2. The image in this post, along with others in my cacti and succulent series, will be on display in a group exhibition by Fine Line Artists at the Mission Trails Regional Park Art Gallery San Diego, Californiain November/December 2010

11 comments:

Lisa Le Quelenec said...

Thank you for such a great post. As always there is always very useful information for newbies like myself.

Judy Mackey said...

Good Info. Now, do you have a cure for when you hit a wall and have that "blogger slump"? Staring at the blank editor is like staring at a blank canvas for me - it takes a bit to get started.

Katherine Tyrrell said...

Yes - two things help

Have a bank of good ideas set up as draft posts. They can just be an idea or a title and a link to an interesting website

Also take regular breaks. Nobody can keep going indefinitely and having regular breaks really helps a lot with the pace of things

But plan them and then stick to them. I tend to take a break of a about a week about every three months (longer when it's my holiday)

cerulean said...

My compliments for all the useful information. I started blogging about three months ago and didn´t regret. But.. it takes time if you wish to do it well. And indeed take a regular break to take distance.

Bohemian Chick said...

Thank you for the info. I have a few books about blogging but I prefer reading actual blogs. They're usually more interesting, especially when they're about art!

Paola said...

Alyson Stanfield said something similar in a recent post... It's apparently more time efficient to write a number of blog posts at once and post them one by one, rather than writing a new post every time.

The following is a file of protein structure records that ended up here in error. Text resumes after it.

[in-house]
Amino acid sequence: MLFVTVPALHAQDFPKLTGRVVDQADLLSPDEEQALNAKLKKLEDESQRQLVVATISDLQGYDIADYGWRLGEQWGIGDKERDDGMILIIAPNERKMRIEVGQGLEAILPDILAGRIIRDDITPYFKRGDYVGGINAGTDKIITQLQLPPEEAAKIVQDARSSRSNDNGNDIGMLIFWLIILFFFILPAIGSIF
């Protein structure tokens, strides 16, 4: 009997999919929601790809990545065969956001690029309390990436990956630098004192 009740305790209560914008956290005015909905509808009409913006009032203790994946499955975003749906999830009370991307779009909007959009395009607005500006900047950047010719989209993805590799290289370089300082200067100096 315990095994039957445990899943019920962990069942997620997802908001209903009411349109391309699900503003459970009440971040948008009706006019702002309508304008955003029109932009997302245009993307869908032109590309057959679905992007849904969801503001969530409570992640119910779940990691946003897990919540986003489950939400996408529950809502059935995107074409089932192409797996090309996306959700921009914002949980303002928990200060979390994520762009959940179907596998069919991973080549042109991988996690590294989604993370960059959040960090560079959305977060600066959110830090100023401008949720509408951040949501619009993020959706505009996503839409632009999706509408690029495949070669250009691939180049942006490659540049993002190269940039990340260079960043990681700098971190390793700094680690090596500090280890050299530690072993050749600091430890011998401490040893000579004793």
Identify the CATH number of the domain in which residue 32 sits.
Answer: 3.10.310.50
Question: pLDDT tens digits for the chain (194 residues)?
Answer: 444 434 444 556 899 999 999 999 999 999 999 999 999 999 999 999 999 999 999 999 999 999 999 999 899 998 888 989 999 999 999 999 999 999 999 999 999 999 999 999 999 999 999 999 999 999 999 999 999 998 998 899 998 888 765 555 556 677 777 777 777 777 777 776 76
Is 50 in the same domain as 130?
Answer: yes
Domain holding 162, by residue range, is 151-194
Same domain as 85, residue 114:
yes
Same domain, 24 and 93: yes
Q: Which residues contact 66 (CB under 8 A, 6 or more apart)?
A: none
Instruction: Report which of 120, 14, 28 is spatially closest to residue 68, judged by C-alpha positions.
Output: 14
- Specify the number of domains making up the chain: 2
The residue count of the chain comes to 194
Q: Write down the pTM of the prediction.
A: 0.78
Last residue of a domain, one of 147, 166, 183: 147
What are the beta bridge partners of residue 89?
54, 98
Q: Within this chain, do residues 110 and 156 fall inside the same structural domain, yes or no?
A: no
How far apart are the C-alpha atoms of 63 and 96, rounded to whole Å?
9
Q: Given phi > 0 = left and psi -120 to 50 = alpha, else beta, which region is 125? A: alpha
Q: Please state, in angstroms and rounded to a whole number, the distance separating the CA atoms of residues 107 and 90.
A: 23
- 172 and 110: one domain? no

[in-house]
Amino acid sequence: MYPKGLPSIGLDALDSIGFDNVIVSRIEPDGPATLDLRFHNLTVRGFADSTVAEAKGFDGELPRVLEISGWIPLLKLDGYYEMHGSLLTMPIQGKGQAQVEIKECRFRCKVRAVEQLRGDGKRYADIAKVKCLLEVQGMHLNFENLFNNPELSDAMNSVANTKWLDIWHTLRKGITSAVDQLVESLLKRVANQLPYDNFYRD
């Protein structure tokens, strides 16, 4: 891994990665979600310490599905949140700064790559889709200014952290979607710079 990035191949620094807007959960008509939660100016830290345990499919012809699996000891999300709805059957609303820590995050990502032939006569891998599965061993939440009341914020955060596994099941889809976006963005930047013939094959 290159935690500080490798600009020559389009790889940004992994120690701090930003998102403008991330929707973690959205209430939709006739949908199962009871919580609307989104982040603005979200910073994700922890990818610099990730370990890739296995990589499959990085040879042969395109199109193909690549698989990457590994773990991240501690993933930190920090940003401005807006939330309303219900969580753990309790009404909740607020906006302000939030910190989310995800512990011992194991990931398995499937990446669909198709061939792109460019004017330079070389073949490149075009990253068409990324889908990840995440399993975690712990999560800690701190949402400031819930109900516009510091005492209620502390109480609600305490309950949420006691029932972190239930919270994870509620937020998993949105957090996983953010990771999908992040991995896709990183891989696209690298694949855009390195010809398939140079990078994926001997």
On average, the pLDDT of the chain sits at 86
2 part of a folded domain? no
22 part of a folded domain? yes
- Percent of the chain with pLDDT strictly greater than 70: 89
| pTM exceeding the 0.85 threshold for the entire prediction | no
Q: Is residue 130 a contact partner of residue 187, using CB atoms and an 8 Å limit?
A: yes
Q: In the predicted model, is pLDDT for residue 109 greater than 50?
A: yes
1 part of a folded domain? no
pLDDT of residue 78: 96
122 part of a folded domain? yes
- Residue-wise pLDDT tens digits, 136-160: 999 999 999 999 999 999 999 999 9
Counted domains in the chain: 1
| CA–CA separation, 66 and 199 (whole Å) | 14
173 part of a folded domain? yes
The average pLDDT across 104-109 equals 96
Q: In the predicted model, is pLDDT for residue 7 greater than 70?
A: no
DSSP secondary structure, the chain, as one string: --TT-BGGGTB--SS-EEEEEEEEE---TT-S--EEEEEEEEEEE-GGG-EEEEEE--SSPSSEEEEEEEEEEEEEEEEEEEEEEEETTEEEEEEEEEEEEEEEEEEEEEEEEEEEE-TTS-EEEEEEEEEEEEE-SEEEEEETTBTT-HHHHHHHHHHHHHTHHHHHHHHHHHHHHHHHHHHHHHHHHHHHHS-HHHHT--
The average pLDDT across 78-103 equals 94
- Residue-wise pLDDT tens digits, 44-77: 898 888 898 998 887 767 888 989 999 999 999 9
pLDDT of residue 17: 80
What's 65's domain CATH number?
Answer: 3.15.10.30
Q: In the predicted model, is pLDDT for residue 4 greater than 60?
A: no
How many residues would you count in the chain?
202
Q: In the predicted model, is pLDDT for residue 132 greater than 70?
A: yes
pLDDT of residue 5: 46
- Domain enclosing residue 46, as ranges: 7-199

Katherine Tyrrell said...

You'd hoot if you saw my draft list. I've probably got more posts in draft than many people have on their entire blog.

I just like the idea of jotting down ideas when I get them - even if I haven;t got the time to write them up there and then.

You need to choose whichever way works best for you.

h2oArt said...

Thanks Katerine for these simple and to the point suggestions. I always enjoy reading your blog. I started a blog earlier this year but I am now getting discouraged by lack of vistors. I need some spice to gather some followers. Any suggestions there?

Paola said...

I think the draft list is a good idea... otherwise you have to keep it all in your head and that can become very difficult and even stressful to handle.

Katherine Tyrrell said...

I'm far too old to keep it all in my head!!! I need lists!

If it's not on a list inside my computer

...then it's stuck on a yellow post-it note 'inside' my screen desktop

...or on a yellow post-it note on the below the screen of my imac!

Antonio Estevez said...

Hi Katherine. Many wonderful tips here to explore. 3 quick things that have helped me get more followers and traffic.

1. Properly labeling photos and blog posts so that people searching for art find my blog through Google etc. For example, if you paint horses then you should label photos of your blog horse painting or acrylic horse painting. When someone searches for that, and click on your images they will land on your art blog and explore from there.

2. Write about other artists with strong followings or a gallery and then send them a link. They will likely tell their friends and link back to you which can bring you lots of new followers.

3. Make it easy for people to subscribe to you art blog using an Rss feed or email so they automatically get updates. Encourage them to subscribe in every post you write and remember to let them know that it's free! :)

my art blog is called lendmeyoureyes.org. Stop by when you get the chance.

good luck everyone

Antonio

Related Posts Plugin for WordPress, Blogger...